The do’s and don’ts of studying

Kelsey Bear studies for her physics exam.

Kelsey Bear studies for her physics exam.

As eight-week classes wrap up and courses are at their most intense, final and midterm exams are in full swing. While trying to schedule around their normal class work, extracurriculars and jobs, students have to find studying methods that work best for them.

This system of trial and error is tedious, but there are many methods that are proven to be more, and sometimes less, effective than others. Sleep is one factor affecting how much students can remember and learn. According to WebMD, a student who is sleep deprived can not focus properly.

This debunks the myth that someone can limit sleep and rest in the nights leading up to an exam. Even if a student is able to memorize the information the night before a test, they will not have the proper focus to apply it correctly when applying it the next day. For adults, the Mayo Clinic recommends seven to eight hours to achieve ultimate brain function during the day.

Taking care of one’s body is also important. Although caffeine can be used as a stimulant to help one study while fatigued, it also causes anxiety. Instead, drinking water and eating a breakfast with whole grains and fruits will allow students to maximize performance without the worry of a sugar crash.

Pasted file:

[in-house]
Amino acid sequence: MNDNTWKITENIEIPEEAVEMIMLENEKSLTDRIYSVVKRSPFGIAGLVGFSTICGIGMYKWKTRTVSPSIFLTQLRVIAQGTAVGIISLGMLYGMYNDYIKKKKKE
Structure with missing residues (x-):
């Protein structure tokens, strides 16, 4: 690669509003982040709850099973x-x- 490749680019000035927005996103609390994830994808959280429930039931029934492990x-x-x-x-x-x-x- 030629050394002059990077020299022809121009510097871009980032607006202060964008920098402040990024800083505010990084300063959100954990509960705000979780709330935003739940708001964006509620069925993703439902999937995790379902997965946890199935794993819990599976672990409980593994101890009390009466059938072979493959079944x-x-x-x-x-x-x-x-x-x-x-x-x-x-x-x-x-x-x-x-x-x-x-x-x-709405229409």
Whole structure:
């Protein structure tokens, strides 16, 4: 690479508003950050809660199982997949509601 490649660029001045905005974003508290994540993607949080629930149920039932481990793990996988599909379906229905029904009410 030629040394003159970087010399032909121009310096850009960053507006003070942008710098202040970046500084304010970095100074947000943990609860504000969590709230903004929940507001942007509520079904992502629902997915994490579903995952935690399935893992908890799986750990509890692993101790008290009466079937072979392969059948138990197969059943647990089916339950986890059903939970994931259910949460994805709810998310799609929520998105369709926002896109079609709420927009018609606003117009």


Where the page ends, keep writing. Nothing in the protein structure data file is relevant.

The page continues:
Other less physical keys to studying include, finding a quiet, isolated place and reducing outside distractions, according to Dartmouth College. Dartmouth gives another tip that can improve studying specifically for college courses.

The college recommends studying in the daylight hours as a way make the studying more productive. They allows students to study in “chunks” or not all at once, to avoid having to cram all the information.

Although difficult to fit into a college schedule, studying during the day after a good meal and night’s rest can improve results and overall mental health during the treacherous weeks of exams.


My original storyboard submitted to Dr. Collins.

My original storyboard submitted to Dr. Collins.


Reflection: I think this video went far better than my last because I tried to keep it simple. I’m getting much more comfortable with the editing software and camera. There are still some problems, as my camera still moved and I think my tripod might be a little tilted, but I think it was a major improvement. I think the jump cuts I used were necessary because the two clips were separate scenes on the same topic and the transitions moved in between steps. Although I didn’t do a voice over, I think my actors portrayed the scenes better than I could have as a producer doing a voice over. I don’t think it would have added anything as the audio in the scenes spoke for themselves.

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